IOWA CITY, Iowa — They played for the right to hoist a golden bull, so it was never supposed to be glamorous. For the most part, Saturday’s game didn’t have much that was pretty. That’s just fine, though, because Iowa and Wisconsin were playing each other again, and it was a fantastic reinstatement to Wisconsin’s second rivalry.
Although it was just a two-year hiatus from the battle for the Heartland Trophy, and even if that golden bull has rested in its Madison stable for years now, there’s luster lost to a rivalry not played annually.
Replacing that gloss took just one thing: putting that golden bull on the line and reclaiming it with a victory on the road. That’s just what the Badgers did Saturday.
It would have been different, less meaningful if Wisconsin blew over Iowa like it has other Big Ten schools such as Illinois and Purdue. That — in addition to the lack of games in 2011 and 2012 — is exactly how a rivalry can fade. Only the super-seniors on campus can remember the last time the Hawkeyes played in Camp Randall.
But the 2013 version wasn’t a letdown, even if the score finished 28-9 in Wisconsin’s favor. It was a classic rendition of a ground-and-pound rivalry that was 100 percent ground-and-pound Saturday.
It was so grainy that when a pair of Iowa field goals brought the Hawkeyes to a 6-0 second quarter lead, Twitter was fed up with the brashness. There was none of the flair seen in the SEC or out west. However, that’s exactly the game both teams love to play and which the rivalry is known for. What’s good for Iowa is good for Wisconsin.
“This type of football is kind of like a linebacker’s dream,” redshirt senior offensive linebacker Ethan Armstrong said. “Or it could be a linebacker’s nightmare as well, if you’re not playing well. It’s a very physical game, and I think a lot of linebackers in the Big Ten embrace that style of play.”
Collisions were all over the field at Kinnick Stadium. The kind that entice 60,000 “oohs” on impact.
That happens when running backs are the same size as linebackers, like Iowa runner Mark Weisman, slated at 6 feet, 236 pounds. His first half hit on Wisconsin redshirt senior safety Dezmen Southward (meaningless in the overall substance of the game on an eight-yard run) echoed those “oohs” throughout Iowa City.
“There will be some sore young men tonight, and tomorrow morning when they wake up,” head coach Gary Andersen said following the game. He’s probably right.
Southward wasn’t coming off the field, though. The golden bull was at stake and his team was losing. Badgers who had never competed for the Heartland Trophy were centered in on returning the steer to its familiar Madison arrangement. One quarter after getting his bell rung, it was Southward laying a similar hit along the sideline on a Hawkeye screen pass.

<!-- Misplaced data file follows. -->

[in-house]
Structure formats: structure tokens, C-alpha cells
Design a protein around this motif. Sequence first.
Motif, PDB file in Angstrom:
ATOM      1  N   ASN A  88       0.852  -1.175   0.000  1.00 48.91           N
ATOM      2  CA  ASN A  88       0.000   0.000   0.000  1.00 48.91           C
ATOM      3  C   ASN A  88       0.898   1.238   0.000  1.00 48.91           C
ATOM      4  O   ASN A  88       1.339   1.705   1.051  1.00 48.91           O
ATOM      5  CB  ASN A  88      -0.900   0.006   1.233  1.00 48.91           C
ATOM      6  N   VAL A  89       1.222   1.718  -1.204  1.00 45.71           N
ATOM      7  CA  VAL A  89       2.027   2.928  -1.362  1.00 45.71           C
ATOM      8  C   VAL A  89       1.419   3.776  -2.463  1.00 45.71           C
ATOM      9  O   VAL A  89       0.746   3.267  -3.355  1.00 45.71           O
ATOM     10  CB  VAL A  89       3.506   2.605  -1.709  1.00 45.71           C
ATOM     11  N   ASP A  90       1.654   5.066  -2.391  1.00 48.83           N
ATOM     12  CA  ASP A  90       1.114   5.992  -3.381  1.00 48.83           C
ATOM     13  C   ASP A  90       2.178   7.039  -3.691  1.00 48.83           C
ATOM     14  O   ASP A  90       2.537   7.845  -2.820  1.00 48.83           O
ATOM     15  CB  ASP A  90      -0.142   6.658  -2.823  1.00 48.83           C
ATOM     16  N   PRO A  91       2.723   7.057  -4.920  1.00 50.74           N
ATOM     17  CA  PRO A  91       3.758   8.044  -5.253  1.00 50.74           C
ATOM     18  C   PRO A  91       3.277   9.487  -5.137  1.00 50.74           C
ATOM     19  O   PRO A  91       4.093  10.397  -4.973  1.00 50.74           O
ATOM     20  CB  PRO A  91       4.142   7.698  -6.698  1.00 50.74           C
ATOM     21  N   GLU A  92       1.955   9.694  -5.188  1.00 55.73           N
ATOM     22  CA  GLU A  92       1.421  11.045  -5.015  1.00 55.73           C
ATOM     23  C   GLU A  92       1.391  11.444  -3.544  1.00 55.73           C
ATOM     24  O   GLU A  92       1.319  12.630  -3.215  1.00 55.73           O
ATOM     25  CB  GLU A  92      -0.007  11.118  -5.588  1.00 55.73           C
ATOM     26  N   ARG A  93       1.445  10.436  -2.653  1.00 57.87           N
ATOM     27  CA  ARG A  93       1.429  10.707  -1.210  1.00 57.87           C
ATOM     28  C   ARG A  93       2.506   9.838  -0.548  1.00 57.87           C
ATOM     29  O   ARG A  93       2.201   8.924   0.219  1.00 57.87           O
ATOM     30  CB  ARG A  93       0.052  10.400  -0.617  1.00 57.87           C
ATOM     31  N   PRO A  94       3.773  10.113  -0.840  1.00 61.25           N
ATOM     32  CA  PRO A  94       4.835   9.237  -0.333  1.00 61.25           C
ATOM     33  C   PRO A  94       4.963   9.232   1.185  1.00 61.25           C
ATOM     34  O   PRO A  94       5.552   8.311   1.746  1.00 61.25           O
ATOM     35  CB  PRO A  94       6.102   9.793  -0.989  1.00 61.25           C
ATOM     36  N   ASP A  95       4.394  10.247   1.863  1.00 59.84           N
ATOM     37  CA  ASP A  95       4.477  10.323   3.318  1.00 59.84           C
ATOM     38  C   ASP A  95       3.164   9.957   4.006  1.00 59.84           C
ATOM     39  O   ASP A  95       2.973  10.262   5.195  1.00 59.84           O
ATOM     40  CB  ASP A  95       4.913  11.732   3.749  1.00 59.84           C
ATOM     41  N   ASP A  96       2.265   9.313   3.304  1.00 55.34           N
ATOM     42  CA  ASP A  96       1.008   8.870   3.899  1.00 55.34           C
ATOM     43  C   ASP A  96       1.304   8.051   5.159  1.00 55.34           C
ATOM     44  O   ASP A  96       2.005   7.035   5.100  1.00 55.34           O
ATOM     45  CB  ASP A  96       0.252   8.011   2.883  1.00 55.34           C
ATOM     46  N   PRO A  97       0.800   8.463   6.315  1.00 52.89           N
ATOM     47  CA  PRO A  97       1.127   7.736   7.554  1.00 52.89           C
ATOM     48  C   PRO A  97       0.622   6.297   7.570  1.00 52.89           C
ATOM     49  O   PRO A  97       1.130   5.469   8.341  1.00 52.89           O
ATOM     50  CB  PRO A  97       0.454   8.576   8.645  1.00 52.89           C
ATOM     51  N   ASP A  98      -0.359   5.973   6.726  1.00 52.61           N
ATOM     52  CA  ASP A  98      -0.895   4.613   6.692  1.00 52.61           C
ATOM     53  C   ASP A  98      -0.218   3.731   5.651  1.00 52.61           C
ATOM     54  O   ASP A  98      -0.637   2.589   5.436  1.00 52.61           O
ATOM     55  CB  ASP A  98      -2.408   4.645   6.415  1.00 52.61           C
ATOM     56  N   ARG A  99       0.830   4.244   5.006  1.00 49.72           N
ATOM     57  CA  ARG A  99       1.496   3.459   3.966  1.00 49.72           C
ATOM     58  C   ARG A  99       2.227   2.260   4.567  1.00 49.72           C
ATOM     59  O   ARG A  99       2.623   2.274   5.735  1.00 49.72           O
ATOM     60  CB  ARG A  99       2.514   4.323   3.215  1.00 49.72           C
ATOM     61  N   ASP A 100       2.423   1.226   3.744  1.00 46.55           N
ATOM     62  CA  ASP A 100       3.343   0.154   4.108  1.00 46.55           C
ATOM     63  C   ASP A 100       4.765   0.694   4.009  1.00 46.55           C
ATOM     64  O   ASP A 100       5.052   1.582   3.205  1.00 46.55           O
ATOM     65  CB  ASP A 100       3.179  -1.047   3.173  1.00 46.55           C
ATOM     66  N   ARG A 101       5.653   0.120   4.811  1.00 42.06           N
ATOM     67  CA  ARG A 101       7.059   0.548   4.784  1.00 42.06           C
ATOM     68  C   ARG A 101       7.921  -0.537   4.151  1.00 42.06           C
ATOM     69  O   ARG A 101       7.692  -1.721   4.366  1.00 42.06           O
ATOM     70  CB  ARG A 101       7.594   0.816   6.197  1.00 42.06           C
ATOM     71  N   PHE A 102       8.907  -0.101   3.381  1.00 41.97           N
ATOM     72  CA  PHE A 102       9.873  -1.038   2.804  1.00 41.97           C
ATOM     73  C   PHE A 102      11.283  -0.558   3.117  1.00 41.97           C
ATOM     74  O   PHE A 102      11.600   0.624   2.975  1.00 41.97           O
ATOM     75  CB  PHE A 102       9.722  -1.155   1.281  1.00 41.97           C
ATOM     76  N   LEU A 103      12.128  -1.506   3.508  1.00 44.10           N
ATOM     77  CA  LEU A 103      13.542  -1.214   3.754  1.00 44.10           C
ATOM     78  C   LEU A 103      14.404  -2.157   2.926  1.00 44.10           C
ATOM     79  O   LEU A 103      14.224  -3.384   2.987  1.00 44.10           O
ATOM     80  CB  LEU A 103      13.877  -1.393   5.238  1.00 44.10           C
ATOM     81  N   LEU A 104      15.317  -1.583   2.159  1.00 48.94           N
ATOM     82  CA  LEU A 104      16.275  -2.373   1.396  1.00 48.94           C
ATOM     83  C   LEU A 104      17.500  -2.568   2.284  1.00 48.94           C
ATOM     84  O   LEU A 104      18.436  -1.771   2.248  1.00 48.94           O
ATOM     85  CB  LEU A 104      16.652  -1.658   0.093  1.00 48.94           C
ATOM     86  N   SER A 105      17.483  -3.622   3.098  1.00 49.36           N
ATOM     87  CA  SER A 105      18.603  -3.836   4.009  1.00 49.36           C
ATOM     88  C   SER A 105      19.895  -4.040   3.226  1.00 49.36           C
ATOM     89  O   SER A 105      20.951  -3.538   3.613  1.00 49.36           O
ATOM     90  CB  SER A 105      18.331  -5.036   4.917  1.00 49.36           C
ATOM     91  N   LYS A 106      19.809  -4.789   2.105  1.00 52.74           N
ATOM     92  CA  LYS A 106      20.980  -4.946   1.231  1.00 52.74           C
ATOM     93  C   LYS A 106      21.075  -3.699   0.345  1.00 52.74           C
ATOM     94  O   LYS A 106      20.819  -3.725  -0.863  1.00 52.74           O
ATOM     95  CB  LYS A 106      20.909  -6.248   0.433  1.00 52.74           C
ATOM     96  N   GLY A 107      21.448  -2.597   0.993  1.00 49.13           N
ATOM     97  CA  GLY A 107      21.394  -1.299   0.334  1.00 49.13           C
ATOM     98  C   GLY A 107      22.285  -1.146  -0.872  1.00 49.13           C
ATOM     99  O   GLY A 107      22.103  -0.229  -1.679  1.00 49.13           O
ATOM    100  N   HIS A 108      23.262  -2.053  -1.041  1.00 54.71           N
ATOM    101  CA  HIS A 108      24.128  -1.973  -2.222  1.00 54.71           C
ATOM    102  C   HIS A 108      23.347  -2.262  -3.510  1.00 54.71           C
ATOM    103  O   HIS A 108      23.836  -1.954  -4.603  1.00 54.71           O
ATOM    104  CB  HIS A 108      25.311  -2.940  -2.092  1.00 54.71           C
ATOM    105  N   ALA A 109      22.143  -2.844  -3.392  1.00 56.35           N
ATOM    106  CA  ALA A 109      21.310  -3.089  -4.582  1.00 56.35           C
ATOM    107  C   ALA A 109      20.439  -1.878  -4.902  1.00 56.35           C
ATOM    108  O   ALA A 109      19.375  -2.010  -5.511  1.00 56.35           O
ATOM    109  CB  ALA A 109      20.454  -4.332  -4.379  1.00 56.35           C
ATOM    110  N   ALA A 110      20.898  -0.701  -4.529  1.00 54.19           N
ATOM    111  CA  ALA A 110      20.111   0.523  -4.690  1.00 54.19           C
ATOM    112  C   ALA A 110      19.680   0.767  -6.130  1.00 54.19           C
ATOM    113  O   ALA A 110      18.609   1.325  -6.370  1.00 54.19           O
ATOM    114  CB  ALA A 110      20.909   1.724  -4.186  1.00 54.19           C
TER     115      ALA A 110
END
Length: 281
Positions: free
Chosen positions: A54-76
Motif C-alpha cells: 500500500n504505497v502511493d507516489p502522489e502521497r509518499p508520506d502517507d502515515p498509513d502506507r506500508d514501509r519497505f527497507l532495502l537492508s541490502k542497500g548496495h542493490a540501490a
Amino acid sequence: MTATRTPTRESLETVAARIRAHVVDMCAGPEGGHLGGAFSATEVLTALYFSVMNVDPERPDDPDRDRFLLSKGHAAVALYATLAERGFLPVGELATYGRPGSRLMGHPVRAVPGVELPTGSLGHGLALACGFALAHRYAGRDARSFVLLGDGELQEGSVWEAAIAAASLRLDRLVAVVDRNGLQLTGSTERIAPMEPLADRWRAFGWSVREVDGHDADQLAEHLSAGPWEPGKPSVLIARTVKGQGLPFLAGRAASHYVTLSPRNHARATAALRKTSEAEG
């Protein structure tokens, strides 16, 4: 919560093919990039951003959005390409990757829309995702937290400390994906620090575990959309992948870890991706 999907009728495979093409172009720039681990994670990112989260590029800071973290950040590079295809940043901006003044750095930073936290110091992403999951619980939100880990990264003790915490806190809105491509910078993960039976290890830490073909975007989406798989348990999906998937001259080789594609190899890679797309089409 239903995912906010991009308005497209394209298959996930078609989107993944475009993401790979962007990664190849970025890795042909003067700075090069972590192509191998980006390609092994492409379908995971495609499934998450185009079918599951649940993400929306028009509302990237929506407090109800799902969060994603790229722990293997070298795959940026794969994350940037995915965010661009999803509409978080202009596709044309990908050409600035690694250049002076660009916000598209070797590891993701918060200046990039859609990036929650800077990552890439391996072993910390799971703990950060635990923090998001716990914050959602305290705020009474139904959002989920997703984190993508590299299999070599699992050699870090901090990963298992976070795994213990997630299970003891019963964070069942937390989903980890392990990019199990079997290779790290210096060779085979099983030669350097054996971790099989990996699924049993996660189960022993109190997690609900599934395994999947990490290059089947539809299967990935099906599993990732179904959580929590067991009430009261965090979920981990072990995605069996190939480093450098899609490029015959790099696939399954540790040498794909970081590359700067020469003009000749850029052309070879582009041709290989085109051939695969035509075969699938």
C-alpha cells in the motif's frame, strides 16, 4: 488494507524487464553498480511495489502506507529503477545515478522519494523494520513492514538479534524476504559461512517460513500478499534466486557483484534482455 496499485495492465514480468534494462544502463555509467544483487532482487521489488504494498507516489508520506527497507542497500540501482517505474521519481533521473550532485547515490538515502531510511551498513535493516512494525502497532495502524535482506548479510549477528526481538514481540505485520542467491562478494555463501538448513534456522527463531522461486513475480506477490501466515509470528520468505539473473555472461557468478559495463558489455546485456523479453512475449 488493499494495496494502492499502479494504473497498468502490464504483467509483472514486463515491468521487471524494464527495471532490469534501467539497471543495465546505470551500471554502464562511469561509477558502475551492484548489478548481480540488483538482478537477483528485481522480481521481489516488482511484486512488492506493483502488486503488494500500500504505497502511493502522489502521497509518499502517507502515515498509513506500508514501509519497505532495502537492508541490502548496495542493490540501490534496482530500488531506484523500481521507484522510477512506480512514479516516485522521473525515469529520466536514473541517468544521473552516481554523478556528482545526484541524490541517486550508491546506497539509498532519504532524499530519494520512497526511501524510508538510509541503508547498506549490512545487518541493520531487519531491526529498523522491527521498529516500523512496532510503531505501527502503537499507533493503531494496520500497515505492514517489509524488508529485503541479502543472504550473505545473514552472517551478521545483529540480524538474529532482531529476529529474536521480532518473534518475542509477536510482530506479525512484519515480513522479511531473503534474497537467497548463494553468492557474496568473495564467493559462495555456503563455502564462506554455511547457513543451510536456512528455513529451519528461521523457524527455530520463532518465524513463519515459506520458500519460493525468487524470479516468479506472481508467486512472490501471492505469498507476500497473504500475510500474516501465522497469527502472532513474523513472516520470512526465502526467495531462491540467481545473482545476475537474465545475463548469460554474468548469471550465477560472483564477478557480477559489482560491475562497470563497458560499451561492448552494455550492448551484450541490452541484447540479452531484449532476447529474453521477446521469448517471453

A few big plays turned the struggle on edge. A pair of incredible Wisconsin interceptions from redshirt sophomore Darius Hillary and redshirt senior defensive end Pat Muldoon kept the Hawkeyes from creeping back into the game, allowing the Badgers to pull away in the fourth quarter. All things considered, the matchup was nothing short of a battle, a blessing considering the game could have been a dud.
The two programs sit on completely different levels of the college football world. The Badgers teeter on the edge of conference championships each season, even following a coaching upheaval. The Hawkeyes, on the other hand, are constantly reminded of the contract that pays their coach nearly $4 million a year, far more than the results he has earned.
Since Wisconsin claimed the Heartland Trophy in 2010, the Hawkeyes have won just eight conference games. Wisconsin won 19 in that span, now 20. But that didn’t matter Saturday, when the Hawkeyes, with just one win since September, shut the Badgers out for nearly the entire first half.
The weather affected punts and the passing game, routine for a November afternoon in the Midwest. There was no spread offense and even the flashy redshirt sophomore running back Melvin Gordon was held to far less than his typical output. The defenses set the pace and the offenses filled in the cracks.
It wasn’t sexy, but it was far from dysfunctional. It was Iowa and Wisconsin playing football again, for the first time in more than three years. It was hard-nosed football, perceived as peculiar in today’s version of college football. People at Wisconsin love that.
“When these two teams play, for years to come, I’d imagine it’s going to be just like that,” Andersen said.
After waiting years for the next installment, the gruesome battle for that golden bull is back and it’s not going anywhere. That’s a really good thing.
Sean is a senior majoring in journalism and communication arts. Were you happy with the first Iowa-Wisconsin game since 2010? Excited that Wisconsin reclaimed the Heartland Trophy? Let him know at firstname.lastname@example.org or with a tweet to @sean_zak.